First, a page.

Giovannitti returned to New York City and began to associate with a group of socialists that lived in Greenwich Village. This included Max Eastman, John Reed, Floyd Dell, Robert Minor, Art Young, Michael Gold and Boardman Robinson. He also became a regular contributor to the socialist journal, The Masses. In 1914 Giovannitti published a book of poems, Arrows in the Gate, which had an introduction by Helen Keller.
Giovannitti believed that the First World War had been caused by the imperialist competitive system and that the USA should remain neutral. Over the next three years he was busy with anti-war agitation. He also founded two short-lived Italian-language political journals, Il Fuoco (1915) and Vita (1916). He also staged the first of his Italian-language dramas, Tenebre Rose.
The Industrial Workers of the World was virtually destroyed by its attempts to prevent American entry into the First World War and the Red Scare that followed. Giovannitti decided to abandon his involvement with revolutionary syndicalism and instead concentrated on traditional trade unionism. Over the next few years he played an important role in establishing the Italian Dress Makers Union and the International Ladies Garment Workers Union. He also contributed to the New Masses journal.
In the 1920s and 1930s Giovannitti was considered to be one of the greatest orators in the labour movement. Max Eastman commented that Giovannitti and Joseph Ettor were as well known to American radicals as Lenin and Leon Trotsky. As Robert D'Attilio has pointed out: "Their voices, which had been among the most intelligent and the most energetic in the fight for freedom and social justice in the beginning of this century, faded, however, into obscurity, melancholy examples of how difficult it is to sustain a lifelong radical posture in America."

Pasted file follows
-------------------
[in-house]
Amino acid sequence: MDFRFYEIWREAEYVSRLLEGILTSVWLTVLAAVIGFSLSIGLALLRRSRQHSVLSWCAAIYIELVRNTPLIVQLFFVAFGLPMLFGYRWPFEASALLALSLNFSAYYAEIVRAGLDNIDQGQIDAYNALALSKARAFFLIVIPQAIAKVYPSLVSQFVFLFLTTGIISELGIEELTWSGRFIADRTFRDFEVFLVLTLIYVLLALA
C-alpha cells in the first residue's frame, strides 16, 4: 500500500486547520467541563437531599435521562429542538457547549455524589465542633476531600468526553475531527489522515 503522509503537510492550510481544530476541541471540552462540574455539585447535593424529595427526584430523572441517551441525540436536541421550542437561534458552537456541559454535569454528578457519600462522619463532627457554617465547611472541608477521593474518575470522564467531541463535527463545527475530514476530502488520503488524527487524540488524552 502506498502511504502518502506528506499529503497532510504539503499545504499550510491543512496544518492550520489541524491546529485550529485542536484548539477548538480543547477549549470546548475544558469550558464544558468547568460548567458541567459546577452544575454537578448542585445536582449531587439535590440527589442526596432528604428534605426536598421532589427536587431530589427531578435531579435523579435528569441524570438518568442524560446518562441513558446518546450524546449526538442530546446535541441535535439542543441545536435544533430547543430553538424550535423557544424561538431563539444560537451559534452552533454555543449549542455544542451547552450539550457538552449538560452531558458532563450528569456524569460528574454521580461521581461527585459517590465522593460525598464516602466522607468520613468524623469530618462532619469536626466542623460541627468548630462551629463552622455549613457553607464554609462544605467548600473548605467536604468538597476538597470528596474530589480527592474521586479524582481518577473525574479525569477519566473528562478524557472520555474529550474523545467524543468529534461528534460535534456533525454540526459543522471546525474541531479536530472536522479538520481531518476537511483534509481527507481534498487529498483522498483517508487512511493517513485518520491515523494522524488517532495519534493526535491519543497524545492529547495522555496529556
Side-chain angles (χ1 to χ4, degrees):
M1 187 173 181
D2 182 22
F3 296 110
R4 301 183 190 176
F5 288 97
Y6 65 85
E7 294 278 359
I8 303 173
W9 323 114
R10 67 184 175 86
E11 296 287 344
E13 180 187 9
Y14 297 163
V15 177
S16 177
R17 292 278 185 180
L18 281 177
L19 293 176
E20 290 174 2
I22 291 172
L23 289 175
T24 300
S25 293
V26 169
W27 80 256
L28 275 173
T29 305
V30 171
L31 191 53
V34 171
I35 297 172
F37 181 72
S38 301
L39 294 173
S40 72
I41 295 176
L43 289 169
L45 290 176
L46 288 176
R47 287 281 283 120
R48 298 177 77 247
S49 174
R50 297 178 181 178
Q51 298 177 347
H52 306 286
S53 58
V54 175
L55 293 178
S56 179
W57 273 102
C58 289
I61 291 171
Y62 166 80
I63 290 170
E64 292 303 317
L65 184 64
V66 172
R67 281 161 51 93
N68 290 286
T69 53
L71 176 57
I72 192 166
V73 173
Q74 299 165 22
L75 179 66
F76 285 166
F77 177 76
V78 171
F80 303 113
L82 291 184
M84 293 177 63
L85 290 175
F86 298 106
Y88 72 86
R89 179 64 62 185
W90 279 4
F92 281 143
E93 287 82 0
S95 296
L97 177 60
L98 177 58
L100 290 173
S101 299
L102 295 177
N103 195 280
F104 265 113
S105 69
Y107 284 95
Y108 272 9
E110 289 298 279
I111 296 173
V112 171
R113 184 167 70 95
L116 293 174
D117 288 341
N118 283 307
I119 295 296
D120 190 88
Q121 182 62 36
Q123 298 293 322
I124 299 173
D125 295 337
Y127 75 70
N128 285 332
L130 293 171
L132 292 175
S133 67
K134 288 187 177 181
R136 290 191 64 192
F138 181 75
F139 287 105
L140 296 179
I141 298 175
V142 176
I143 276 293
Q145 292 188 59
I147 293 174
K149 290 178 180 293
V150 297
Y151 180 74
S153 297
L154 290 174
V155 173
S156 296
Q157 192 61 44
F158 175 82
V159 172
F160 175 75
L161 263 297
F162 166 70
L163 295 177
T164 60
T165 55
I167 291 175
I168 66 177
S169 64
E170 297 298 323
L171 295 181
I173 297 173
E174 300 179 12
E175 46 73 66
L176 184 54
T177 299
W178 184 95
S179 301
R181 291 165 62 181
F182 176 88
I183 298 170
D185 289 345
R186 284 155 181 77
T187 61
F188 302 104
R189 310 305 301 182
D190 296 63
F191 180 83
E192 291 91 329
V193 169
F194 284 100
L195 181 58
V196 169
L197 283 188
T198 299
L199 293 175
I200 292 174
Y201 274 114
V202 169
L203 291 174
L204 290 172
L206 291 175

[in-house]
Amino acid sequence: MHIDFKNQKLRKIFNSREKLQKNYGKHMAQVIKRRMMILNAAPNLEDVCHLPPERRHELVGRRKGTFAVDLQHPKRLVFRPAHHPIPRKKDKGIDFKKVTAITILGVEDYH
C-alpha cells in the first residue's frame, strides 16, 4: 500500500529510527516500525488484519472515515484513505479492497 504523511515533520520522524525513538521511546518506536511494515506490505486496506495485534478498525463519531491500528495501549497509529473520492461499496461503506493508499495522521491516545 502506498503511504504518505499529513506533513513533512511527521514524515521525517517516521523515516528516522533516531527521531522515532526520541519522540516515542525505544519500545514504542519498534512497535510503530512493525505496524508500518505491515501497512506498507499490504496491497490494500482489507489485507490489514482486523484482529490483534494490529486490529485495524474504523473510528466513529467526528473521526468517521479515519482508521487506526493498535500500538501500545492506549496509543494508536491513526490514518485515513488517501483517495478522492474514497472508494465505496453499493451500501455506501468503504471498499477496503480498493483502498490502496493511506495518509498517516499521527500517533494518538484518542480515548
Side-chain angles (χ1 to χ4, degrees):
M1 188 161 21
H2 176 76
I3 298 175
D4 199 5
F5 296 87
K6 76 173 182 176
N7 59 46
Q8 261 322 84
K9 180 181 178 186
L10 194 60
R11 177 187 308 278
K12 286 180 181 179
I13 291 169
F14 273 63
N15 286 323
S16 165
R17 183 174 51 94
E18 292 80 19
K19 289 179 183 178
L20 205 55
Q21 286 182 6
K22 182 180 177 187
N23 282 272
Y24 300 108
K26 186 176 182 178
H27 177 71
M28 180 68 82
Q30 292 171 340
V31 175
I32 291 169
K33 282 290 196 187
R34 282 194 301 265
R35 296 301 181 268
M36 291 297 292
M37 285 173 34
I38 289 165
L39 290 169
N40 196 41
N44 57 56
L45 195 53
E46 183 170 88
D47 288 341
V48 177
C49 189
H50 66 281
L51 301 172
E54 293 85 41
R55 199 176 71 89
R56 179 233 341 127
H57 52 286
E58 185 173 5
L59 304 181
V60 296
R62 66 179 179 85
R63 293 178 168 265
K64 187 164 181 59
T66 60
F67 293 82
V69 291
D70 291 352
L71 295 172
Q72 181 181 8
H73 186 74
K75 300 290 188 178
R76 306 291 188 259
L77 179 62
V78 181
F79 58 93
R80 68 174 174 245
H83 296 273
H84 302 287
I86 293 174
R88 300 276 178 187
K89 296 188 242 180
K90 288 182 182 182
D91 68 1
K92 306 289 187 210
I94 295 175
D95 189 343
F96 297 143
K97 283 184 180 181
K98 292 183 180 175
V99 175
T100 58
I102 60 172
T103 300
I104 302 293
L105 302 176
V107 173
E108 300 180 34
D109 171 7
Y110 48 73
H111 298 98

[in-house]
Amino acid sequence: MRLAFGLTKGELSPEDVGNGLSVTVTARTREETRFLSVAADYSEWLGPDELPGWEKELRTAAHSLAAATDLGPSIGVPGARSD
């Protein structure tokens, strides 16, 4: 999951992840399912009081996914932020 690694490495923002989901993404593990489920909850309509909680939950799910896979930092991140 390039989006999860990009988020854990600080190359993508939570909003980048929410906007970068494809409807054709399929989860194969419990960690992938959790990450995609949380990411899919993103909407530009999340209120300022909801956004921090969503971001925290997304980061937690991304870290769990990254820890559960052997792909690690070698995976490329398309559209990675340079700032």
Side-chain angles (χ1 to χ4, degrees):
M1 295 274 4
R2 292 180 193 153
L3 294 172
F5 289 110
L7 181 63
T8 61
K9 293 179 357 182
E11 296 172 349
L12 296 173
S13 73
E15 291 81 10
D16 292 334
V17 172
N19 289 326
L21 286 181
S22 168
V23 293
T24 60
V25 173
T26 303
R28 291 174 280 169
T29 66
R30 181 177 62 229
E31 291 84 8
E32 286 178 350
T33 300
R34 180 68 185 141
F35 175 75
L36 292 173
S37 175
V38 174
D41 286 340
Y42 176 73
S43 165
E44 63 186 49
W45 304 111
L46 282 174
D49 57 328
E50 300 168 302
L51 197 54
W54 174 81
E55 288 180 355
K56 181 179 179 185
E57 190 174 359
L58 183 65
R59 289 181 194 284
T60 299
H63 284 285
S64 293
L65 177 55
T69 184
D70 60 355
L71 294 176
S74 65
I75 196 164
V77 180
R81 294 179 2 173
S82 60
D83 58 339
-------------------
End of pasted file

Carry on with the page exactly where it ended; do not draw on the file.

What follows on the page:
Arturo Giovannitti worked as a farmer and wine maker in California before he died on 31st October, 1959.
(1) Arturo Giovannitti, speech to jury (November, 1912)
If there was any violence in Lawrence it was not Joe Ettor's fault. It was not my fault. If you must go back to the origin of all the trouble, gentleman of the jury, you will find that the origin and reason was the wage system. It was the infamous rule of domination of one man by another man. It was the same reason that fifty years ago impelled your great martyred President, Abraham Lincoln, by an illegal act, to issue the Proclamation of Emancipation - a thing which was beyond his powers as the Constitution of the United States expressed before that time.
They say you are free in this great and wonderful country. I say that politically you are, and my best compliments and congratulations for it. But I say you cannot be half free and half slave, and economically all the working class in the United States are as much slaves now as the negroes were forty and fifty years ago.
(2) Helen Keller, introduction to a book of poems by Arturo Giovannitti.
No one has ever given me a good reason why we should obey unjust laws. When a government depends for "law and order" upon the militia and the police, its mission in the world is nearly finished. We believe, at least we hope, that our capitalist government is near its end. We wish to hasten its end. I am sure this book will go on its way thrilling to new courage those who fight for freedom. It will move some to think and keep them glad that they have thought.
(3) Obituary, Arthuro Giovannitti, New York Times (1st January, 1960)
Until the end of World War II when his health failed, he wrote and spoke extensively in the struggle to establish organized labour. At various times he was a close associate of Max Eastman, Norman Thomas, David Dubinsky, and many others. At the fiery labor rallies in the Nineteen Twenties and Thirties, Mr. Giovannitti was in great demand as a speaker. A colorful figure, with a Van Dyke beard, a Lord Byron collar and flowing tie, he addressed Italian and English-speaking audiences with an equally flowery fluency.